Chinatown is an odd-sorta film-noir.
For one, it trades-in the genre’s staple deep shadows and claustrophobic atmosphere for the blaring sun-light and sprawling landscapes of a 1930’s Los Angeles. Secondly, the femme-fatal to Jack Nicholson’s detective (the arrogant, resourceful Jake Gittes) is, we discover early on, everything but; Faye Dunaway maintains the confidence and seduction expected of her archetype, but she also seems to be simultaneously frightened and unsure of herself. Both performances are masterful, as is that of John Huston’s character, Noah Cross, who is one of the most contemptible roles ever conceived of. Thirdly… well, the ending. But we’ll get to that later.
Not every trope of film-noir has been inverted or reimagined, though. There are old-school Venetian-curtains, plenty of them, and cigarette smoke borders many a tightly framed close-up. Aesthetically, Chinatown nails a lot of the key elements of the film-noir movement. Aside from a few instances of showy camera-work and the obvious technological advances of film since the 40’s and early 50’s, Chinatown could easily be mistaken for the genuine article. No attempt is made to visually reference the genre in a direct way, as a satire or neo-noir would. Thematically, however, Chinatown is far darker and more shadowy than even Fitz Lang’s genre-defining M.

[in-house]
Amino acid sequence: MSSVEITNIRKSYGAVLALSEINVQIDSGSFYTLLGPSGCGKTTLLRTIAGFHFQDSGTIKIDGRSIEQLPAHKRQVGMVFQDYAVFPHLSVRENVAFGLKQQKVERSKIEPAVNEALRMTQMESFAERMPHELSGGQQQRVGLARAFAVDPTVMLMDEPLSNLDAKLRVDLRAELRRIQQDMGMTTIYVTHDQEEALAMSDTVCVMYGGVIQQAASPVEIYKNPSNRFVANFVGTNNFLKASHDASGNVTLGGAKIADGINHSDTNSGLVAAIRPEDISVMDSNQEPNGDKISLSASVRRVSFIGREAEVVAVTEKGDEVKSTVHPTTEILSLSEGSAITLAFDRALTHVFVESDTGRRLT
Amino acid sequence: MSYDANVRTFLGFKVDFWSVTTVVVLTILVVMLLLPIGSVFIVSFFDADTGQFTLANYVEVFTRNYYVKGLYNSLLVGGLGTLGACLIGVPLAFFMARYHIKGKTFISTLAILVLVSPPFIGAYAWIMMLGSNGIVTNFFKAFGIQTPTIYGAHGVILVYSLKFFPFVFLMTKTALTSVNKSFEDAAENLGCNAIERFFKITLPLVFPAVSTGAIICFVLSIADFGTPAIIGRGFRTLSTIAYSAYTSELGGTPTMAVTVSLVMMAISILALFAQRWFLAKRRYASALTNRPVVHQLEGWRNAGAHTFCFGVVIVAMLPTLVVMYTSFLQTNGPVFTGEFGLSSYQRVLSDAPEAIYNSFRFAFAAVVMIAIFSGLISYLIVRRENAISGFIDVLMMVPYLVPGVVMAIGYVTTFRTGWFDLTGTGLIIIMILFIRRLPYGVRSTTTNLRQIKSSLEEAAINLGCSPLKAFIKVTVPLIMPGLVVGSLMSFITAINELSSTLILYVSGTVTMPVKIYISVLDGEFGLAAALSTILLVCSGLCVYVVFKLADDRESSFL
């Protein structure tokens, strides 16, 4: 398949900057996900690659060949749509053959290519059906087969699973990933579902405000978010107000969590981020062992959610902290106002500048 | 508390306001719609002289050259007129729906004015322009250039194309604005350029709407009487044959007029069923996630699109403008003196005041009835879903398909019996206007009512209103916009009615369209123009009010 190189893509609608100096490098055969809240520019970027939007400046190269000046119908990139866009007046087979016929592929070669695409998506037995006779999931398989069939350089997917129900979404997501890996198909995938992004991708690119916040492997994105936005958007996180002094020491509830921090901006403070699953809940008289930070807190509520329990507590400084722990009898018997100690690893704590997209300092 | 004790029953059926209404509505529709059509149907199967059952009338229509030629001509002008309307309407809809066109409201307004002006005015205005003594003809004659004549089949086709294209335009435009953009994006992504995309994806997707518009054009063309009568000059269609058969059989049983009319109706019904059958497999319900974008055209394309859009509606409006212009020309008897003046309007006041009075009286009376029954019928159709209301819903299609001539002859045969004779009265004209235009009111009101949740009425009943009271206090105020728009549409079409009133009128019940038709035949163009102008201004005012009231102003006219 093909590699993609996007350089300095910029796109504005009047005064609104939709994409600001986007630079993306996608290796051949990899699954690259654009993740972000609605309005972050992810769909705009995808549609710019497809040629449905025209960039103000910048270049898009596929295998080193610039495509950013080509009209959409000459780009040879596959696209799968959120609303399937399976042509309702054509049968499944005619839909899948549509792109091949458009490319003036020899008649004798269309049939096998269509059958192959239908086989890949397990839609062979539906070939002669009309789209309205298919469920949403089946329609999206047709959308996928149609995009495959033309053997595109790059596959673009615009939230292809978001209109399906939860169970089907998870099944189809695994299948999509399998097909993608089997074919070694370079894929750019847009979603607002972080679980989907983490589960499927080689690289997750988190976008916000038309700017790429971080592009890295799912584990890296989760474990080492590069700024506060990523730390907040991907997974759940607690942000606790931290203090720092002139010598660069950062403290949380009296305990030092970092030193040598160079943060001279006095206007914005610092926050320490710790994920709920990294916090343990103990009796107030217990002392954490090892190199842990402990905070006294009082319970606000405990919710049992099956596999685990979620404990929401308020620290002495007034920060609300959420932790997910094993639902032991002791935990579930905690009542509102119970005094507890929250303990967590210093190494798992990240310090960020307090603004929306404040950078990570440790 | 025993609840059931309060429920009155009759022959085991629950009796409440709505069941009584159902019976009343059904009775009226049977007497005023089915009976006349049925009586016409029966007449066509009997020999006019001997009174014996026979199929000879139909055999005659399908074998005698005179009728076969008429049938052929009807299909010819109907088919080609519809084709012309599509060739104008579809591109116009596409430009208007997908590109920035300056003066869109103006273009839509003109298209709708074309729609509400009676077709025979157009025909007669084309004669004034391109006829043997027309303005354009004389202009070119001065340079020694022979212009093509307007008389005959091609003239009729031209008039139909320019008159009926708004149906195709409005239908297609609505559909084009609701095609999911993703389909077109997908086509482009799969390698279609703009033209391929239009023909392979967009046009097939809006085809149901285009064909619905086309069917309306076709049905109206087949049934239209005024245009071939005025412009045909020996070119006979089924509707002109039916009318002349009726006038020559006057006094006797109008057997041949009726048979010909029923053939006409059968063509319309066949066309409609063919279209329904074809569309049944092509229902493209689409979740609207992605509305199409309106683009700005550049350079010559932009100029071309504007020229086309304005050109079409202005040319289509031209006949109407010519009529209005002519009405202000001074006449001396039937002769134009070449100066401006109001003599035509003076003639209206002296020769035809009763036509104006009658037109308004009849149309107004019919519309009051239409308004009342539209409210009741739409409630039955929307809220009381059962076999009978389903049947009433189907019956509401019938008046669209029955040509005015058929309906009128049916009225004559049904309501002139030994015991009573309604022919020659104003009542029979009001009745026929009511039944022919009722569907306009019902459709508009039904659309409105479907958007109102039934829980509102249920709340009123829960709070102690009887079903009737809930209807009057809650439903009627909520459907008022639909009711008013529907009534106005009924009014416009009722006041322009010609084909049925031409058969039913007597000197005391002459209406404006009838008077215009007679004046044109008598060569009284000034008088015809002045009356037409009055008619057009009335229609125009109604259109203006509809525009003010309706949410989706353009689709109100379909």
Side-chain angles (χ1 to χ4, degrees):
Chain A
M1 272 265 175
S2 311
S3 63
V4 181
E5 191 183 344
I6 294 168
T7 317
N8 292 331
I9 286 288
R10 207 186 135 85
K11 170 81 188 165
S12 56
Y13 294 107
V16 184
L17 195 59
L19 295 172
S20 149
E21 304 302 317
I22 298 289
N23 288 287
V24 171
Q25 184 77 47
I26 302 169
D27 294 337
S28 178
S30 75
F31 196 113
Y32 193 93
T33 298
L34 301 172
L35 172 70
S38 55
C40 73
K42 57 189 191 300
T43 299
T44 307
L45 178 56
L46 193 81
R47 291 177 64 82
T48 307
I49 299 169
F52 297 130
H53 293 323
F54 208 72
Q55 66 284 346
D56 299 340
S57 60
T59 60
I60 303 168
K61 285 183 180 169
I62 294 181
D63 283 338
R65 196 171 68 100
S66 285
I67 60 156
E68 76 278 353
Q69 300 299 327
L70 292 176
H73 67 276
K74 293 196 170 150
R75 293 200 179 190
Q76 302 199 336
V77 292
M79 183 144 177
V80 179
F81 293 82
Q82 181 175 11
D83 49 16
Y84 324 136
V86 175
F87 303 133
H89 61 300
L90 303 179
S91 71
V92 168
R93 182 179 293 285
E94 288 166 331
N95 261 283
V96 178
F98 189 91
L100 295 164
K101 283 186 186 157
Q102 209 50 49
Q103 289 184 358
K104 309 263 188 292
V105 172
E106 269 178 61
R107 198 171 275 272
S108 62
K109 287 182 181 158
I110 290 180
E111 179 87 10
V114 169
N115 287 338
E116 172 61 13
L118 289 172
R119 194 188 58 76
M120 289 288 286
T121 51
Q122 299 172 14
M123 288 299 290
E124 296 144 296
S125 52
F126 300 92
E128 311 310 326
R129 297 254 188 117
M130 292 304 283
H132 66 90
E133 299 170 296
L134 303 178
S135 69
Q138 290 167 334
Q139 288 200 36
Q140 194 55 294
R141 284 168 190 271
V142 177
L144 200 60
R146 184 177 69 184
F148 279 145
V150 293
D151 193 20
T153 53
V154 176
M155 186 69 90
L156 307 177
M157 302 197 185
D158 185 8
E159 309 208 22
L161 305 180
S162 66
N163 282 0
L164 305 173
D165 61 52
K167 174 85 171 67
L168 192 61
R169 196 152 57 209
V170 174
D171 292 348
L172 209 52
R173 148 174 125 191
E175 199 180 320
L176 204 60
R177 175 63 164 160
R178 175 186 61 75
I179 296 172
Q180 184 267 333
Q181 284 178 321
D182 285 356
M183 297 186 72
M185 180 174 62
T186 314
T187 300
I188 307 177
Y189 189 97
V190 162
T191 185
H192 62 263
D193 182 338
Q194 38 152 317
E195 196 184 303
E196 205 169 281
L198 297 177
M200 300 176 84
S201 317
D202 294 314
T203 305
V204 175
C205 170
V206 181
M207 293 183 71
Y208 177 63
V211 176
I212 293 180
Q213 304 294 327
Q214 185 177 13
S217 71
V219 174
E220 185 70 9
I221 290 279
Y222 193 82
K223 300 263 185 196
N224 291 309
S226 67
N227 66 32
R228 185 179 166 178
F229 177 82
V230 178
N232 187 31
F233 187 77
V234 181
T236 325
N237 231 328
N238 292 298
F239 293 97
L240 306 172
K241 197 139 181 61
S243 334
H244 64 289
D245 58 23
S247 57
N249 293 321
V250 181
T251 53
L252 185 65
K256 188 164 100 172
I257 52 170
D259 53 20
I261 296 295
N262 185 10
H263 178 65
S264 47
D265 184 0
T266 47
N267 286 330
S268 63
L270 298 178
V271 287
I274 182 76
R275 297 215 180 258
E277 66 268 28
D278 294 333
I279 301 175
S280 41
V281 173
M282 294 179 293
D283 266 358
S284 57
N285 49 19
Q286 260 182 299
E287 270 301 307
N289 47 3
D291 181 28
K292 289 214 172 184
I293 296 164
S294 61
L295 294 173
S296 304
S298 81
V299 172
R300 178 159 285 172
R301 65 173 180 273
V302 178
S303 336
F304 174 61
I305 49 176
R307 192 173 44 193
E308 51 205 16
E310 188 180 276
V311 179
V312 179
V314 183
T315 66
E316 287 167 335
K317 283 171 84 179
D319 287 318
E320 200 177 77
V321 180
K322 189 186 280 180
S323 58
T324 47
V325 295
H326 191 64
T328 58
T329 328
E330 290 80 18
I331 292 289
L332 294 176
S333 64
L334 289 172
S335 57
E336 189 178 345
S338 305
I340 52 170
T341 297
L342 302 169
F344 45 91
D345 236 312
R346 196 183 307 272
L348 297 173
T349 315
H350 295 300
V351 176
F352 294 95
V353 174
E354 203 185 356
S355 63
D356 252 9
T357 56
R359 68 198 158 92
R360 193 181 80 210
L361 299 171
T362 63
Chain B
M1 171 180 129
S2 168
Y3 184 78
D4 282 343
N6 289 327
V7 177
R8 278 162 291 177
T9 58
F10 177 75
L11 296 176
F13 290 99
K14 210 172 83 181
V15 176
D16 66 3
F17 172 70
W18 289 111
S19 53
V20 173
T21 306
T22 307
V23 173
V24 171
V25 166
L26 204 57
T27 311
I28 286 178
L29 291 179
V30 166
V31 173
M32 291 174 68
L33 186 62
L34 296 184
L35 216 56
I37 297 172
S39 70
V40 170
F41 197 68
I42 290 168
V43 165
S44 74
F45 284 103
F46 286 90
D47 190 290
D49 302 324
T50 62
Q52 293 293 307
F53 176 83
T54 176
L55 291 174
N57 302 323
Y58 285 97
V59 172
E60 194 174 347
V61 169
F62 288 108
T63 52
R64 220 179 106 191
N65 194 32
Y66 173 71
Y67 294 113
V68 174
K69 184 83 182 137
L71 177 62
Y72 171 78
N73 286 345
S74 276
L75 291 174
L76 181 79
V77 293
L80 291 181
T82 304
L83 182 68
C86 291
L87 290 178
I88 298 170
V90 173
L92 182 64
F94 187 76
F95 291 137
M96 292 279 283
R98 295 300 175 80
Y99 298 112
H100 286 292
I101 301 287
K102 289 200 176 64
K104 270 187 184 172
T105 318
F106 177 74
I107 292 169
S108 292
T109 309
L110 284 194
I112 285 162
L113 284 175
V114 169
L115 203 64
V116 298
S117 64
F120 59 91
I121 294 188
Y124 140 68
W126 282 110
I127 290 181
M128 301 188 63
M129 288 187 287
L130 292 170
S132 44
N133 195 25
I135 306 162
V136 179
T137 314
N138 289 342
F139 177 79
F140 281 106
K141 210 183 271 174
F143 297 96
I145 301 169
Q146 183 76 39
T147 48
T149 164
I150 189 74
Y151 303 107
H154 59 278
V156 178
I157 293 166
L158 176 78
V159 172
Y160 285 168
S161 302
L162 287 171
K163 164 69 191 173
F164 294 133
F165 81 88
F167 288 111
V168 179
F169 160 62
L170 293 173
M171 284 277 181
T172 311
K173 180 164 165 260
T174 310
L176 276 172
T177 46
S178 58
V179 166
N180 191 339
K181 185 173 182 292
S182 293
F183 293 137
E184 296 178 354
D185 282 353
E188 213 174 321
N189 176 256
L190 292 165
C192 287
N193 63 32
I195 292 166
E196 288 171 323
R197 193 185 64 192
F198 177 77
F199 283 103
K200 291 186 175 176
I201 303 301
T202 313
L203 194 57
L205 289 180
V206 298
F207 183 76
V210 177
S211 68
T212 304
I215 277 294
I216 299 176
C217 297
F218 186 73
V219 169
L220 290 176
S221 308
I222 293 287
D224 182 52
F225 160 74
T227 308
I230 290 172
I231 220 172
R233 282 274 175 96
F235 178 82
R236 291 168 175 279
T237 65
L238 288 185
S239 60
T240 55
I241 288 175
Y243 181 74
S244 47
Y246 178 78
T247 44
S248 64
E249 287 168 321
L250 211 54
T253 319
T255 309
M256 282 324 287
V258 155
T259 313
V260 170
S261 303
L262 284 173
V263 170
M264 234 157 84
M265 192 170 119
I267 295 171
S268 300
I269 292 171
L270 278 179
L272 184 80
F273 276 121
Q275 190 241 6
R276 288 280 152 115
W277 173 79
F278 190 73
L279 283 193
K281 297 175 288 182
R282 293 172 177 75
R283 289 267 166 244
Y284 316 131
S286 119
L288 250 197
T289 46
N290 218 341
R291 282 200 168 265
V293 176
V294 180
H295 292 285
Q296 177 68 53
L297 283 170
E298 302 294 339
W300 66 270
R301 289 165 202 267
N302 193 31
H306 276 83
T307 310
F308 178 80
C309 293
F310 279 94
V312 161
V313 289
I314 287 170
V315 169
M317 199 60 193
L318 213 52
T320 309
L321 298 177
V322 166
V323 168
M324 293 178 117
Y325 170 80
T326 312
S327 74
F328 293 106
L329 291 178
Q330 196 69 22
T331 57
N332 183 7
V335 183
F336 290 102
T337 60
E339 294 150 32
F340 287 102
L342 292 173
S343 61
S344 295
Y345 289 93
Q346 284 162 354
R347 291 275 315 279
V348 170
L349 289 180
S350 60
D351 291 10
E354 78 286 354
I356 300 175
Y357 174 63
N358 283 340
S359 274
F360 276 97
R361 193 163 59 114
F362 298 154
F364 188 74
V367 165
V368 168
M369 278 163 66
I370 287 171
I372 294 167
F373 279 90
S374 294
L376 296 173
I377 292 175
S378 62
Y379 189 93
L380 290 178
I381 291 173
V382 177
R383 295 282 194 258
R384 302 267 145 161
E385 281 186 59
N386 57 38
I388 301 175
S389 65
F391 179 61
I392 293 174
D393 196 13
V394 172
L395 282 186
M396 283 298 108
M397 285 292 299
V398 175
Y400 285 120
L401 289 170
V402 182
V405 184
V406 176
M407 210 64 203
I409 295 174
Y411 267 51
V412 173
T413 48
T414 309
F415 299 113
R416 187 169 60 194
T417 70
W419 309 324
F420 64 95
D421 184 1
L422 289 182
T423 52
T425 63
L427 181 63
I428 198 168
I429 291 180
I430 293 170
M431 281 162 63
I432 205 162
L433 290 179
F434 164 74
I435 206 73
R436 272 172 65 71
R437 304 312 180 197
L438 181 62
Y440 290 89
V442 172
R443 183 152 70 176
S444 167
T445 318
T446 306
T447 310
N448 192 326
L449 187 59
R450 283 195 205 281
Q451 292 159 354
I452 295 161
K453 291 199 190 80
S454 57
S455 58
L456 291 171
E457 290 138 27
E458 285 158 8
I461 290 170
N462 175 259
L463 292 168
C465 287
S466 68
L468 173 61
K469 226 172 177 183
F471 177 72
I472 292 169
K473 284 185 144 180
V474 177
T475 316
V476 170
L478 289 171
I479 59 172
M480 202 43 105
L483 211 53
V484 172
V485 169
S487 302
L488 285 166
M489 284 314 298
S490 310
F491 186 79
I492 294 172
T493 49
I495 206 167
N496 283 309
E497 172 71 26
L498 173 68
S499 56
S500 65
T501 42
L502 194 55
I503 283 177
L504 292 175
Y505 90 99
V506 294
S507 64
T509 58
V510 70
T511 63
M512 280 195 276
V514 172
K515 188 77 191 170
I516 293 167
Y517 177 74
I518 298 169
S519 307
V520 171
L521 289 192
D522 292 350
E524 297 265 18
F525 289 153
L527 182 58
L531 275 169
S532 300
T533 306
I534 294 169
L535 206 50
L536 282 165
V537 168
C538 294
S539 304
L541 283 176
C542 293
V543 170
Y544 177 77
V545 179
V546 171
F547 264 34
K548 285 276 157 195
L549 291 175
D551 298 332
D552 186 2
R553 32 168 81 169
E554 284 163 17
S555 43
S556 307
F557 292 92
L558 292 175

Robert Towne’s screenplay manages the hefty amount of exposition needed effortlessly. Seemingly unimportant details reoccur over and over, until later they transform themselves into major plot-beats in the most natural and wonderful way. There are no red-harings in Chinatown; every detail is crucial.
Jake Gittes seems to agree. Like any fictional detective, Gittes makes note of every detail. He appears to be one step ahead of everyone; except the “bad guys”, it turns out. Even with his near-Sherlockian talents, Jack Gittes is not able to expose the corruption he has uncovered by the end of the film; he doesn’t even get the girl. His attempts to be a hero are foiled utterly. The seemingly shocking ending is made inevitable with a single line: “After all, this is Chinatown.”